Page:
Monday, June 29, 2020

“Good For Me but Not for Thee.” Thoughts on the New Iconoclasm

It is not bigotry to be certain we are right; but it is bigotry to be unable to imagine how we might possibly have gone wrong.(G.K. Chesterton)

The protests that began as protesting the killing of George Floyd have evolved into a new iconoclasm. This current mob-driven activity assumes that the existence of a monument or symbol exists solely to champion an evil as perceived through the eyes of the demagogue leading them.

In some cases, the perception is right. Some symbols, like the Confederate flag, took on meanings like resistance to the Civil Rights rulings of 1954 and beyond. Some statues were erected as defiance against the victory of the North over the South in the Civil War. In those cases, I have no problem with the legal removal from a place of public honor to a museum (where it can be displayed with proper historical context). 

The problem is, often the demagogues assume that their assumptions on why a monument exists is the only possible reason it could exist. This is an argument from ignorance fallacy, and too often a straw man. If the perceived reason is not the same as the actual reason—especially when the perceived reason comes from historical ignorance—then the attempts to remove the monument or symbol come from bigotry in the sense of the G.K. Chesterton quote at the beginning of this article.

For example, the demonstrations around religious monuments (or monuments perceived to be religious) involve either assumptions about the motives, or ignorance about the historical events about the person or events. St. Junipero Serra was vandalized for “crimes” he wasn’t guilty of. St. Louis IX is being targeted for “Islamophobia.” The assumption is that even the smallest deviation from the perceived 21st Century sensibility is deliberate and malicious. But 21st century perceptions of history are no less biased than the perceptions of previous centuries. They just have different biases. As an example, 19th century American historical biases tended to be “Protestantism = Good.” They focused on the worst abuses that existed in any part of pre-Protestant Christendom and treated as if it was doctrine that had to be destroyed. The 21st century bias tends to be “anybody who doesn’t conform to our thinking is a bigot.” Both are wrong to apply as a general principle, even when there are legitimate grievances that need to be addressed.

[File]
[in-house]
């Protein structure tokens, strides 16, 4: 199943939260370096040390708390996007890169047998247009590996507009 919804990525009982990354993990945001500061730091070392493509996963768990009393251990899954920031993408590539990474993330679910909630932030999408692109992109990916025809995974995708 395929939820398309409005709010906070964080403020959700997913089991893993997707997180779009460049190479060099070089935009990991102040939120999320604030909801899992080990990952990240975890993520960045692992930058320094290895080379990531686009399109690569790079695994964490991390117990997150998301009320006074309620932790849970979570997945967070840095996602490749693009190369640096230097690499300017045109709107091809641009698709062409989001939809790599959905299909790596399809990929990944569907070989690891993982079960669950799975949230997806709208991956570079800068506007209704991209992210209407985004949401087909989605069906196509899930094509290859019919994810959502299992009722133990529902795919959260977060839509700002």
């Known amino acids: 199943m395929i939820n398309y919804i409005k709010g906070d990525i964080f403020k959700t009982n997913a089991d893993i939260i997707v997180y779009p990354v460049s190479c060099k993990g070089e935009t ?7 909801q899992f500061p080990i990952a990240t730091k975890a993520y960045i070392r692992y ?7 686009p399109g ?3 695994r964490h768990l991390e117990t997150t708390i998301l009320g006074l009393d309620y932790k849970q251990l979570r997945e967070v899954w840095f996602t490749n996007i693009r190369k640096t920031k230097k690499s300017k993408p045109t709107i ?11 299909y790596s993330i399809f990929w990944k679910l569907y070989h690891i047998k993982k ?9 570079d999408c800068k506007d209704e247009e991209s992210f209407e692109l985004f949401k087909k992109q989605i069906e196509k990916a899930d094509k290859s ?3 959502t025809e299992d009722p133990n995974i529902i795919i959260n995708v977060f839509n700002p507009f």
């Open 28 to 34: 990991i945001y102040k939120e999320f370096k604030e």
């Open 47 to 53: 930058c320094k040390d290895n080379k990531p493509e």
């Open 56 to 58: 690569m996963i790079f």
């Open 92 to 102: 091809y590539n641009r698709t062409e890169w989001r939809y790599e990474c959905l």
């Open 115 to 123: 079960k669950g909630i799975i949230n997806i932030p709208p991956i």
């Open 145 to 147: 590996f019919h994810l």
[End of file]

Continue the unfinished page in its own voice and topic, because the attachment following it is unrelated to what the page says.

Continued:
The problem is, these biases cannot accept the idea that conditions were different in different times and not all differences were the result of malice. For example, opposition to Islam in the Crusades was not rooted in xenophobia or a lust for conquest. It was based on the belief that aggressive Muslim nations had unjustly seized the Holy Land and were intent on conquering Europe as well. Yes, some Crusaders committed injustices, things that cannot be condoned under the more fully matured teaching of the Church today. But it would be factually wrong to assume that the injustices that existed were the intention of the Crusades in general.

We need to remember that unjust accusations by some members of a group often have the side effect of alienating people from accepting just accusations from the group as a whole. Yes, it’s a fallacy of composition, but it’s easy for people to think “these accusations are false, therefore all accusations from these people are false.” The story of The Boy Who Cried Wolf illustrates this danger. I have unfortunately seen some Catholics (falsely) reason that because the attacks on certain Catholic saints are so obviously false, the legitimate objections to certain Civil War monuments must also be false.

What we need to do is to be certain that our facts are correct and we understand the context of a time. We must also be careful that we don’t fall into a double standard, condemning them for something we turn a blind eye to when our standard harms us. Yes, slavery is something shameful in America’s past. No, we can’t try to explain it (or any other evil) away with special pleading. If “X is wrong” is universally true, then we must also oppose X when our own side does it (for example, if we condemn the violence of a mob that acts in a cause we oppose, we must not make excuses when mob violence is done by our side). But if X is not universally wrong, then we need to clearly demonstrate why this incident which we condemn is different from that incident which we condone. Otherwise, we come across as ignorant or hypocrites, and we are part of the problem.


(†) For example, the sack of Constantinople. But remember, the Pope at the time condemned it when news reached Rome.

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